Cross-examined by MR. CLARKSON. Q. I suppose this is the first transaction you ever had of this kind? A. Yes—the name of my last master was satchell—I lived with him in November—I had no regular
employment from then till March—I had a day or two—I lived with Mr. Bennett—I left him because I took some of his money one day, and was tipsy, and spent it—that was not the first time that such a thing had happened to me—I did it at home before that—Mr. Bennett's was the first place I was discharged from for robbing my master—I lived with Mr. Bridge, and left him for a little circumstance of the same kind—he did not tell me that I was such a liar and a thief he could not keep me—he left home one day, and in his absence I received 6s.—I got drunk, as you may say, and spent it—I do not know that I denied that I had received it till he got the receipts—I said before the Mayor that I did not think this man was tall enough, as he had on a great-coat—I said he did not appear quite so tall to me—he had his great-coat on in Smithfield—I walked up and down a shop two or three times before I spoke to him—he then went into a public-house, and Mr. Kelly gave me a glass of ale to go in, and when I went in the prisoner was out.
Q. Did you say you thought the prisoner was the man, but was not sure? A. I do not recollect ever saying these words, but Mr. Kelly put us on such strict grounds we were afraid to speak almost—I did not use the expression that I thought he was the man, but I was not sure of it—I cannot swear I did not—I cannot swear either way—I did not tell any body that I was going down to Southampton or Northampton to swear to a man for forgery, and I and another lad were to have 20l. a piece if we swore to the right man—all that I said about the 20l. was that Mr. Kelly said if ever we heard where the man was, andhe was the right man, we were to have 20l.—I did not say that I and another boy were to have 20l.—I do not expect the 20l., because I did not find the man; Mr. Kelly did—I cannot recollect that I ever said what Mr. Kelly had told me—there were two other boys, Thomas Wright and George Manley—Mr. Kelly told us if ever we found the man, and were sure it was the man, we were to have 20l.—I believe no one knew it but me—I do not recollect that I have told a soul of it—I did not associate with the other boys after this, til we met at Union-hall—I walked with Thomas Wright from Union-hall to Union-street the day the trial was coming on—we there saw Mr. Ball, but I never saw him before—I told him I wished I had never seen the man that gave me the cheque—I might have said I wished I had had nothing to do with it—I do not recollect that I told him I was persuaded to it—I am almost sure I did not—the Magistrate desired the prisoner to put his hat on—I did not hear any one say they knew him by his hat—I believe a boy said that that was not the hat he had on in Smithfield—I did not hear the officer say that his hat was a new one—Mr. Kelly said that his brother-in-law had bought a new hat for him to come up in.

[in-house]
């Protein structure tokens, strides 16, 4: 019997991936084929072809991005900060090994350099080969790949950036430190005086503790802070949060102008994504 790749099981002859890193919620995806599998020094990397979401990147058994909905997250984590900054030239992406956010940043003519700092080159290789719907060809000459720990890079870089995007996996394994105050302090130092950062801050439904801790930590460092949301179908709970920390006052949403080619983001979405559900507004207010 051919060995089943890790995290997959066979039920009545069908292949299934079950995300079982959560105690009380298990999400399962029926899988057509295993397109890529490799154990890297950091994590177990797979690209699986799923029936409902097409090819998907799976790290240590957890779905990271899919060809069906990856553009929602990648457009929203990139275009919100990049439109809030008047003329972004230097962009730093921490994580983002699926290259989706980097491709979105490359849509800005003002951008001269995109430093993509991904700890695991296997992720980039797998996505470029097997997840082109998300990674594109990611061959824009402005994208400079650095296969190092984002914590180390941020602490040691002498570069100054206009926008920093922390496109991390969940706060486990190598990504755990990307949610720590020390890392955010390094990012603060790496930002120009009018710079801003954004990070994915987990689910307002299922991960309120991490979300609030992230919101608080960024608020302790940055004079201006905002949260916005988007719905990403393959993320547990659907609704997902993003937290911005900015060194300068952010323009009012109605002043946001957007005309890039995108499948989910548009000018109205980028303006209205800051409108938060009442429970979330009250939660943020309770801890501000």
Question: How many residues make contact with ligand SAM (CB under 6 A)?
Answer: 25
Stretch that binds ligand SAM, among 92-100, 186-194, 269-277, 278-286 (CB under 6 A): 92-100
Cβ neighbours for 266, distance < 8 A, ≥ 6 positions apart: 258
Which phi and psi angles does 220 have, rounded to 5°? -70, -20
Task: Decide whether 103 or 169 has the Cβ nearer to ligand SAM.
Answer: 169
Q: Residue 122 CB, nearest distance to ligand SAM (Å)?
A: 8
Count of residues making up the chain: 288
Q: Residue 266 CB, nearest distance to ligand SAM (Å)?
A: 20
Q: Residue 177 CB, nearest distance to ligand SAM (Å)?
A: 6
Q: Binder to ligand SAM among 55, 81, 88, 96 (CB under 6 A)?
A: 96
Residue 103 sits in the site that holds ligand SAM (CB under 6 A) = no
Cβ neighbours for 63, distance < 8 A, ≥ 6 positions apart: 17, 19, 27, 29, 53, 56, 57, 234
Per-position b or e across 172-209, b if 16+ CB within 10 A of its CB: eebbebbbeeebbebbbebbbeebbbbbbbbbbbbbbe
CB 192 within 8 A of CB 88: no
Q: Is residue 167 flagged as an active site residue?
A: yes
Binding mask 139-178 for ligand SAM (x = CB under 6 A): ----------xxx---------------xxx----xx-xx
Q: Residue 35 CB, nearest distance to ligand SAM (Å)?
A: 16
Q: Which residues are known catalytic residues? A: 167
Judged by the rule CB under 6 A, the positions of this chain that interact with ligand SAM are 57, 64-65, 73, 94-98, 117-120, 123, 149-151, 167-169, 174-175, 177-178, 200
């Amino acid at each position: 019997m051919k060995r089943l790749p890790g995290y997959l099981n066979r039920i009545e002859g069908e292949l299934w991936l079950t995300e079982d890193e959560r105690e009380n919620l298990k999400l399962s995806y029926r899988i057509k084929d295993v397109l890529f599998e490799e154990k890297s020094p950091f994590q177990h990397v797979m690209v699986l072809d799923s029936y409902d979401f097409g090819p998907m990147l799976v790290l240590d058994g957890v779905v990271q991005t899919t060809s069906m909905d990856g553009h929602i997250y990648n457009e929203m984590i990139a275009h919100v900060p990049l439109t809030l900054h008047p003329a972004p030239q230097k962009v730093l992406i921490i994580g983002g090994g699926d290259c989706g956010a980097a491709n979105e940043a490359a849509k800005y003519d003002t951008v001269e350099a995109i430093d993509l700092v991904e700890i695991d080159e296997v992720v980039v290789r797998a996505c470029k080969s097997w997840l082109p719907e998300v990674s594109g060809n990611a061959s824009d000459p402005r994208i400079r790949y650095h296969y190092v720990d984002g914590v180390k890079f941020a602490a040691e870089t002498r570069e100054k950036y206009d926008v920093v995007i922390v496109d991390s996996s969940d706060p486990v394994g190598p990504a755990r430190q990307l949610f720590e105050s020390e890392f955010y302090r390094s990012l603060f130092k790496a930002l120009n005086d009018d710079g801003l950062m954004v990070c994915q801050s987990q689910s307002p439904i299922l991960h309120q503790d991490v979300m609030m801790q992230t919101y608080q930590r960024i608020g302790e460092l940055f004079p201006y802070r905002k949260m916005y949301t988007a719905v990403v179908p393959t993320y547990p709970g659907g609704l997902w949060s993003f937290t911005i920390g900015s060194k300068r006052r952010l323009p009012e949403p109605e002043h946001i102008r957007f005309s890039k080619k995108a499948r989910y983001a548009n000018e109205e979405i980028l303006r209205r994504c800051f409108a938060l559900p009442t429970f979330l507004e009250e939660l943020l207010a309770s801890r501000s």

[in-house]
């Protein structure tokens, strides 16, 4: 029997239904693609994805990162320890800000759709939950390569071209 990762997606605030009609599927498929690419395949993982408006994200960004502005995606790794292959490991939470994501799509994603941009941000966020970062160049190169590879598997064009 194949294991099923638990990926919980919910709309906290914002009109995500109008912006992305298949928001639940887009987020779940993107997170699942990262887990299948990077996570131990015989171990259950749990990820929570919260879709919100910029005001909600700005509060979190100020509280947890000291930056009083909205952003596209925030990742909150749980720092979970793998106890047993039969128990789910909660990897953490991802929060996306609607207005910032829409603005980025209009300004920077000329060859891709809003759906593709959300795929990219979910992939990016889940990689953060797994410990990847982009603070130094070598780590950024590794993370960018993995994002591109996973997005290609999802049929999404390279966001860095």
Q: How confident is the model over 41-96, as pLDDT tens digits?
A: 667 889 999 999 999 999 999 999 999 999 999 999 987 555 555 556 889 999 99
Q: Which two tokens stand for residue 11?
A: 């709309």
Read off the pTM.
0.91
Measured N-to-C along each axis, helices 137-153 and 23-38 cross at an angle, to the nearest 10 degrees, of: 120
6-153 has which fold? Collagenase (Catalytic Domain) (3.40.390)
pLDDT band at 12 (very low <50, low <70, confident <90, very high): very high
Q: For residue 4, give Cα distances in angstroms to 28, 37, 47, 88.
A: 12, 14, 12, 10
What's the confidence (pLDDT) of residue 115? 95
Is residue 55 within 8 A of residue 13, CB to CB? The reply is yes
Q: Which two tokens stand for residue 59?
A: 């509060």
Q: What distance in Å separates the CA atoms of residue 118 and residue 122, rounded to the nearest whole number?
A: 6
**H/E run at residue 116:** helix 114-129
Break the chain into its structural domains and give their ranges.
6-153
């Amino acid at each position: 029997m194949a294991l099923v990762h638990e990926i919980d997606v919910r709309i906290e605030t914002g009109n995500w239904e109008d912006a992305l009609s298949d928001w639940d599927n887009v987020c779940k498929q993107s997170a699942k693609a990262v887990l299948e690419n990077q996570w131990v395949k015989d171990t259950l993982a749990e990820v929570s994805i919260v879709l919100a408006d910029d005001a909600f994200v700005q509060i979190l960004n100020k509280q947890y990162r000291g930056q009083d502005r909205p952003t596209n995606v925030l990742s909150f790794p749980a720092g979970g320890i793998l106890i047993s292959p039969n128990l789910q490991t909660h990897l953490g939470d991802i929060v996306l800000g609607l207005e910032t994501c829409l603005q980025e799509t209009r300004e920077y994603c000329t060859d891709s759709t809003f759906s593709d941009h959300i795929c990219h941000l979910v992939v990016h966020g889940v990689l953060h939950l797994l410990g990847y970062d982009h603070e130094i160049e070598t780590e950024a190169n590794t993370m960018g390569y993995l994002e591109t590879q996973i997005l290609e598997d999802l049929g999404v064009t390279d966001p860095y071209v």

JOHN KELLY . I am a bide and skin salesman. I deal with Mr. Cooper, a butcher, in Lambeth-marsh—I used to pay him on Saturday nights, generally in money, and on Monday with a cheque—I bank with Messrs. Weston—this signature is not mine—I do not remember drawing a cheque in this name.
Cross-examined. Q. How do you usually draw your cheques? A. In this manner, but not in favour of Clark—I found out Colbeck and the other boys through Colbeck's father and Mr. Brooks—they walked up and down from market to market, and I gave one half a sovereign and another
6s. or 7s.—I told them if they met the man, and were sure it was him, not to stand, but give him in charge, and I would give the boy 20l. whoever he was.
THOMAS COOPER I am a butcher, and live at Lower-marsh, Lambeth. The prisoner lived in my service four years and a half, during which time I had dealings with Mr. Kelly—I received cheques form him—the prisoner has had them in his hand sometimes for a short time.
Cross-examined. Q. How long is it since he left you? A. About the 1st of March—his conduct was good till he left—there was something against him then—(cheque read.)
Witnesses for the Defence.